Prevalence of undiagnosed HIV infection among persons aged ≥13 years--National HIV Surveillance System, United States, 2005-2008.

Division of HIV/AIDS Prevention, National Center for HIV/AIDS, Viral Hepatitis, STD, and TB Prevention, CDC, 1600 Clifton Rd, MS E-47, Atlanta, GA 30333, USA.
MMWR. Morbidity and mortality weekly report 06/2012; 61 Suppl:57-64.
Source: PubMed

ABSTRACT In the United States, approximately 1.1 million adults and adolescents are living with human immunodeficiency virus (HIV) infection and, each year, another 50,000 become infected. At the end of 2008, approximately 20% of the persons living with HIV had an undiagnosed infection. Of those living with HIV at the end of 2008, nearly two thirds were racial/ethnic minorities and half were men who have sex with men (MSM). In 2007, HIV ranked fifth as a leading cause of death among persons aged 35-44 years in the United States but third among blacks or African Americans in this age group. In 40 states with longstanding confidential name-based HIV surveillance systems, 33% of the estimated 41,768 adults and adolescents diagnosed with HIV infection in 2008 developed acquired immunodeficiency syndrome (AIDS) within 1 year and, of these, 44% received their initial diagnosis in an acute care setting, suggesting that they received HIV testing late in the course of the infection. HIV-infected persons who are unaware of their infection or who receive a late diagnosis cannot benefit fully from timely initiation of therapy and are more likely to experience HIV-related morbidity and premature mortality. In addition, persons unaware of their infection are more likely to transmit HIV to others because of a higher prevalence of high-risk sexual behaviors and higher levels of viral RNA that continue to replicate without appropriate antiretroviral treatment.

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    ABSTRACT: National rates from human immunodeficiency virus (HIV) and sexually transmitted disease (STD) surveillance may not effectively convey the impact of HIV and STDs on American Indian/Alaska Native (AI/AN) communities. Instead, we compared average annual diagnosis rates per 100,000 population of HIV, chlamydia (CT), gonorrhea (GC), and primary and secondary (P&S) syphilis, from 2007 to 2010, among AI/AN aged ≥13 years residing in 625 counties in the 12 Indian Health Service Areas, all AI/AN, and all races/ethnicities to address this gap. AI/AN comprised persons reported as AI/AN only, with or without Hispanic ethnicity. Out of 12 IHS Areas, 10 had higher case rates for CT, 3 for GC, and 4 for P&S syphilis compared to rates for all races/ethnicities. Eight Areas had higher HIV diagnosis rates than for all AI/AN, but HIV rates for all IHS Areas were lower than national rates for all races/ethnicities. Two IHS Areas ranking highest in rates of CT and GC and four Areas with highest P&S syphilis also had high HIV rates. STD and HIV rates among AI/AN were greater in certain IHS Areas than expected from observing national rates for AI/AN. Integrated surveillance of overlapping trends in STDs and HIV may be useful in guiding prevention efforts for AI/AN populations.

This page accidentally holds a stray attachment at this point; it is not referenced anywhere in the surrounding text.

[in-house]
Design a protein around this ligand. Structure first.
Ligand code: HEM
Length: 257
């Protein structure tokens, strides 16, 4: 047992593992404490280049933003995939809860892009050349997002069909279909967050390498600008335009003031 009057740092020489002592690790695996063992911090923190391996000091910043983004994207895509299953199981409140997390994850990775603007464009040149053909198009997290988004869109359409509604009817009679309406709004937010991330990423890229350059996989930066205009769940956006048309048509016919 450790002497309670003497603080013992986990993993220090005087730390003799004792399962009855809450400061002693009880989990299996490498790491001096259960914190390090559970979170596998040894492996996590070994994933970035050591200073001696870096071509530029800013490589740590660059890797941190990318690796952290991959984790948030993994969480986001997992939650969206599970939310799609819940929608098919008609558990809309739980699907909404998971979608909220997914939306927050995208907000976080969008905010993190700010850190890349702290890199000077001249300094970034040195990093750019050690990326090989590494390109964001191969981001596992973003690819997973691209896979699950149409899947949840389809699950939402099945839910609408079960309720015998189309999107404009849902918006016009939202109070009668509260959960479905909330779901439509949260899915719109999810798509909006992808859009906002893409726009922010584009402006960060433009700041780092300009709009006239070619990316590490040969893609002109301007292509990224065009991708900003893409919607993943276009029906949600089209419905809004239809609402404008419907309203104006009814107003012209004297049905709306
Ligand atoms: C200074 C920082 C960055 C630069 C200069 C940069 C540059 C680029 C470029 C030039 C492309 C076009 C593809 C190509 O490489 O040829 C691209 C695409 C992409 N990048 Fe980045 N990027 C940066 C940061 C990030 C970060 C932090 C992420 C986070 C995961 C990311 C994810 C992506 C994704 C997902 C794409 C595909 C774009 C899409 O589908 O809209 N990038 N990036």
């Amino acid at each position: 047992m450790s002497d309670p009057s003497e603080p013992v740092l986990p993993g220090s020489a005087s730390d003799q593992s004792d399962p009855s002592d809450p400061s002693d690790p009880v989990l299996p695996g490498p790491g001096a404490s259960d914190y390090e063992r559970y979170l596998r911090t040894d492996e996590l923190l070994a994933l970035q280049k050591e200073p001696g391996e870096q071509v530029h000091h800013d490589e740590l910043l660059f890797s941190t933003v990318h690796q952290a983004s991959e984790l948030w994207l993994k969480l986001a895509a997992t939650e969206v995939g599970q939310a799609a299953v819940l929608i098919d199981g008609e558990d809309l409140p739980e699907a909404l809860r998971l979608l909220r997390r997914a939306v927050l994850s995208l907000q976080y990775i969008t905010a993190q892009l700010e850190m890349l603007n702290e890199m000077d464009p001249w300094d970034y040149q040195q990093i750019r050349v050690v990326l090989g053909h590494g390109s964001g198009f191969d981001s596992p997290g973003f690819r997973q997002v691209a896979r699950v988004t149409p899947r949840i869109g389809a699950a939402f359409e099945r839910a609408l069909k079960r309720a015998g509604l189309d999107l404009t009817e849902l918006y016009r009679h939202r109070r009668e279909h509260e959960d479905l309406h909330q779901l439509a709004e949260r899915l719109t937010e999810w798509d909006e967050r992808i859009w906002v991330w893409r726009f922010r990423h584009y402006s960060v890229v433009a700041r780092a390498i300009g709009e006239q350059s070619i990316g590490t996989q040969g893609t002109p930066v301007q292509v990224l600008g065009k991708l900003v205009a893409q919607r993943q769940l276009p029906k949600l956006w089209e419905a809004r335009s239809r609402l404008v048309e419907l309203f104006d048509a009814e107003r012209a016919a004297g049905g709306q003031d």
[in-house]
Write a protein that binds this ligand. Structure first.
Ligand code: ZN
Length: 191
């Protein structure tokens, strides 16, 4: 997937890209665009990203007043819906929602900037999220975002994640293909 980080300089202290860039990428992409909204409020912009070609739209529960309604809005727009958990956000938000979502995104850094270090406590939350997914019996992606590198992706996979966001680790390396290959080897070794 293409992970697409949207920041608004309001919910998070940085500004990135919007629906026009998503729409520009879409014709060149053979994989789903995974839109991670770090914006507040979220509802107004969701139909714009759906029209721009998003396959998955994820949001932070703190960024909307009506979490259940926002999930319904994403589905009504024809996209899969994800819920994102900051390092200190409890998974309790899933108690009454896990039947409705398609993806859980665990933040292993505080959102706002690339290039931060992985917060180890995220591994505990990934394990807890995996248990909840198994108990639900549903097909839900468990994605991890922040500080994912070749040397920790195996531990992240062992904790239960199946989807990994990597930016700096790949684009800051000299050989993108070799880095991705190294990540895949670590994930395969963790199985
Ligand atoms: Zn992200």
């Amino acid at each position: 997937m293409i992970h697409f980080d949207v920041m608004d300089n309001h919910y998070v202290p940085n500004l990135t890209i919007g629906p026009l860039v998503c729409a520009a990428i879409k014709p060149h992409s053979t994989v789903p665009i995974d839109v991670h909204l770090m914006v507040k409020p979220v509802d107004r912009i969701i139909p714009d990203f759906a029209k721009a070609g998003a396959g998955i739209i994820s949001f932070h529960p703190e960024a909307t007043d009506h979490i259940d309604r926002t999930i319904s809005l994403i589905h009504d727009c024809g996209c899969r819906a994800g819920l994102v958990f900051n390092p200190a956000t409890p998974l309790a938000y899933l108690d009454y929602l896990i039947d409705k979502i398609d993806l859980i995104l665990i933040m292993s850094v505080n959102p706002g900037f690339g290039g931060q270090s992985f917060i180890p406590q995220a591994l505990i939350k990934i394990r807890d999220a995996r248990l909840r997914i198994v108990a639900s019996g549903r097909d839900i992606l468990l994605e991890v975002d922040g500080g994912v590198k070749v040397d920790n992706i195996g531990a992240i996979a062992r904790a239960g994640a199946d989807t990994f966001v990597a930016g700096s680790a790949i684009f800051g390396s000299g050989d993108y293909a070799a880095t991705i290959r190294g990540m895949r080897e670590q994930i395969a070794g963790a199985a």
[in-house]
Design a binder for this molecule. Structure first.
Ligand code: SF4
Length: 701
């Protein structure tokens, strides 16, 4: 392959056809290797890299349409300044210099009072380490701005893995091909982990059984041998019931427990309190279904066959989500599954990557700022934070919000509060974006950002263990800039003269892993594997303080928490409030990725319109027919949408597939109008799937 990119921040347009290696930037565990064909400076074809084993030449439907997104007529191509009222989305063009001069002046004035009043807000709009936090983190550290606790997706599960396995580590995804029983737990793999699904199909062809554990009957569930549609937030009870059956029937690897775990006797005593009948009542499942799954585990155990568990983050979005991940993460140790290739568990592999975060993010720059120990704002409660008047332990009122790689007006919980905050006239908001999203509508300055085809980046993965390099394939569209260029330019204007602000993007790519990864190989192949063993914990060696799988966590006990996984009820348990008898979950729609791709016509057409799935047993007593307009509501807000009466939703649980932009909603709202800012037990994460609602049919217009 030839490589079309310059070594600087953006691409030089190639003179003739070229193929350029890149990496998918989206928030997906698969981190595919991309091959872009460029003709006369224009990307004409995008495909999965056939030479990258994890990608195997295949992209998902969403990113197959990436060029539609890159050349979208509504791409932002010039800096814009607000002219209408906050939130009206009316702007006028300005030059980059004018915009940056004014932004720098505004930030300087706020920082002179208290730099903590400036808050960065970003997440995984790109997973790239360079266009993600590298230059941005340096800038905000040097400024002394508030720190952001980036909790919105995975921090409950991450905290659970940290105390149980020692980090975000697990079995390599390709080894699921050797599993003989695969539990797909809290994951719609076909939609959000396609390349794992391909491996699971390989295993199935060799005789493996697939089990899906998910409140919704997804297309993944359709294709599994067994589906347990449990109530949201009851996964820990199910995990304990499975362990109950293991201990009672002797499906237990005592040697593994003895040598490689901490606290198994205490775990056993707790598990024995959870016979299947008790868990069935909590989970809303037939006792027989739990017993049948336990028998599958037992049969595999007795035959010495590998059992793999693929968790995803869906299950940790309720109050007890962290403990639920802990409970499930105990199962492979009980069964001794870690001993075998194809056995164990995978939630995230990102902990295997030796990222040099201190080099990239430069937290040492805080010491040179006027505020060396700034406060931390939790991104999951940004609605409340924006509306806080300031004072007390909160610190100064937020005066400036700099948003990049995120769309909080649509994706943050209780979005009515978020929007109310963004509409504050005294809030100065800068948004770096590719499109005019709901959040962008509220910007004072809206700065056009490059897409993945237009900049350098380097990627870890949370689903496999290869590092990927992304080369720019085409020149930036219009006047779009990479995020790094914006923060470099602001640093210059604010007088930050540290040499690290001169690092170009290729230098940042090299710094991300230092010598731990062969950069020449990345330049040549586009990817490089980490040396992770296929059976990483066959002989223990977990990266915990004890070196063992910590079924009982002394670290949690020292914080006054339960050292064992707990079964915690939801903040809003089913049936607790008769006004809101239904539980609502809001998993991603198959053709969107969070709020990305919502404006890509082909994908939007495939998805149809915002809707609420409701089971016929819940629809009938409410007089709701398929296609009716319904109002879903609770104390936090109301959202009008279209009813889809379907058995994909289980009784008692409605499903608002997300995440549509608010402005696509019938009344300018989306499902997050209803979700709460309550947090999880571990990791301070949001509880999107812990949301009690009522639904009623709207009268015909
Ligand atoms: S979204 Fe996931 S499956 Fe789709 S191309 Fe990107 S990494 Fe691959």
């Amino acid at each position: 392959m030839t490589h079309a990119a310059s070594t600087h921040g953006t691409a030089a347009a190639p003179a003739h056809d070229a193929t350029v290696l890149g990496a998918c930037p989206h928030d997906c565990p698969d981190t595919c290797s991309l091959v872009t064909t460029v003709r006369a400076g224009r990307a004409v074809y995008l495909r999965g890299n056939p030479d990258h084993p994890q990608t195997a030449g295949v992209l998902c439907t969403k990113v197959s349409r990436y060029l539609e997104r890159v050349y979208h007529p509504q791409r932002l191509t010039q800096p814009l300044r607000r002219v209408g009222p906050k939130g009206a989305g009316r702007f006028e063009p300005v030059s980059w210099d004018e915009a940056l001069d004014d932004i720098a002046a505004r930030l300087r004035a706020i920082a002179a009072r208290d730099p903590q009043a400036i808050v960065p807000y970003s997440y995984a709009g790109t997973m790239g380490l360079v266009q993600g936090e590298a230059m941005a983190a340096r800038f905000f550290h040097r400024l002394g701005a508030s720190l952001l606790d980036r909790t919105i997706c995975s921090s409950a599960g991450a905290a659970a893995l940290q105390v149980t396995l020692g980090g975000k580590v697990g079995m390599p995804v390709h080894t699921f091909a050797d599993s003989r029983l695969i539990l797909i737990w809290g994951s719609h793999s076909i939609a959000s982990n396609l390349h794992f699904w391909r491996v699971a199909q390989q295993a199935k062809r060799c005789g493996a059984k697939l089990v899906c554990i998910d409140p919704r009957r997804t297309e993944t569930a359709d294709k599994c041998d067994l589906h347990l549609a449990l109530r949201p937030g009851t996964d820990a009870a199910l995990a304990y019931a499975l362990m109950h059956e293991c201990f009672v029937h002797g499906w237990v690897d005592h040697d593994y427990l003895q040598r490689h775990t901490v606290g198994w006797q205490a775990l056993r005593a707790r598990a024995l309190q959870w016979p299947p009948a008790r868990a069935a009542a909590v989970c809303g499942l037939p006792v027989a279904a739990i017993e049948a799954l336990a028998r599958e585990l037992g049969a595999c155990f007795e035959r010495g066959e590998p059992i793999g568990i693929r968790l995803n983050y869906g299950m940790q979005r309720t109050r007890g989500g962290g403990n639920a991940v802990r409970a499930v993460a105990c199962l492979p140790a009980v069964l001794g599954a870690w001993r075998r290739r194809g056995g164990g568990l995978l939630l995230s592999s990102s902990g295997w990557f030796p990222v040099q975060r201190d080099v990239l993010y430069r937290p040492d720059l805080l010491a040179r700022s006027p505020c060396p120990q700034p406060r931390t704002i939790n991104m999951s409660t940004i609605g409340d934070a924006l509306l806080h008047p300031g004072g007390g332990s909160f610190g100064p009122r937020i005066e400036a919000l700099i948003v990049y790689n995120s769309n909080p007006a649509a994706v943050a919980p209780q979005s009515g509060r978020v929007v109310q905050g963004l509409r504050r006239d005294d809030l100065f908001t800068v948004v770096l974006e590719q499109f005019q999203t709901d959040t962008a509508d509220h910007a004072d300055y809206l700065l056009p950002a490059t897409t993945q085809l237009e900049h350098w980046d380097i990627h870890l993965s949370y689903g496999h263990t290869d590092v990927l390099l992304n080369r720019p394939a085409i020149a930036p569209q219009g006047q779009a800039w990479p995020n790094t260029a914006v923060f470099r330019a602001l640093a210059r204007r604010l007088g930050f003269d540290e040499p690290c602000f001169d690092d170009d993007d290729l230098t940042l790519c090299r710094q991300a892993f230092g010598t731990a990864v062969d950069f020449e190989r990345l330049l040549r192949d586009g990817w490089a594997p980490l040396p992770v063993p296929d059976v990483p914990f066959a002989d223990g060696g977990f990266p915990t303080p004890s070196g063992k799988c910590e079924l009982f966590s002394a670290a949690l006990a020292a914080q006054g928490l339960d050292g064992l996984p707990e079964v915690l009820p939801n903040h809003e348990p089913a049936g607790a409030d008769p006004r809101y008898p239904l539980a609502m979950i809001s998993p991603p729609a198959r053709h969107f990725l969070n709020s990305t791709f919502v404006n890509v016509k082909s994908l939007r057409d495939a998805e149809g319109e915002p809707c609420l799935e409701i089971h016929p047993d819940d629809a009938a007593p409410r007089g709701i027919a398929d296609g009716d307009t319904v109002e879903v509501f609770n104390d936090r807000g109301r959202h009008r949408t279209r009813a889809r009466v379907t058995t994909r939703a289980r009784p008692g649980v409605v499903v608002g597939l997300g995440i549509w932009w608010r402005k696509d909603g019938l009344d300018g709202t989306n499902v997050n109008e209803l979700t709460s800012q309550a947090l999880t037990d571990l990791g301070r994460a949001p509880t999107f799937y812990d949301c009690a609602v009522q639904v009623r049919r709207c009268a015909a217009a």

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May 19, 2014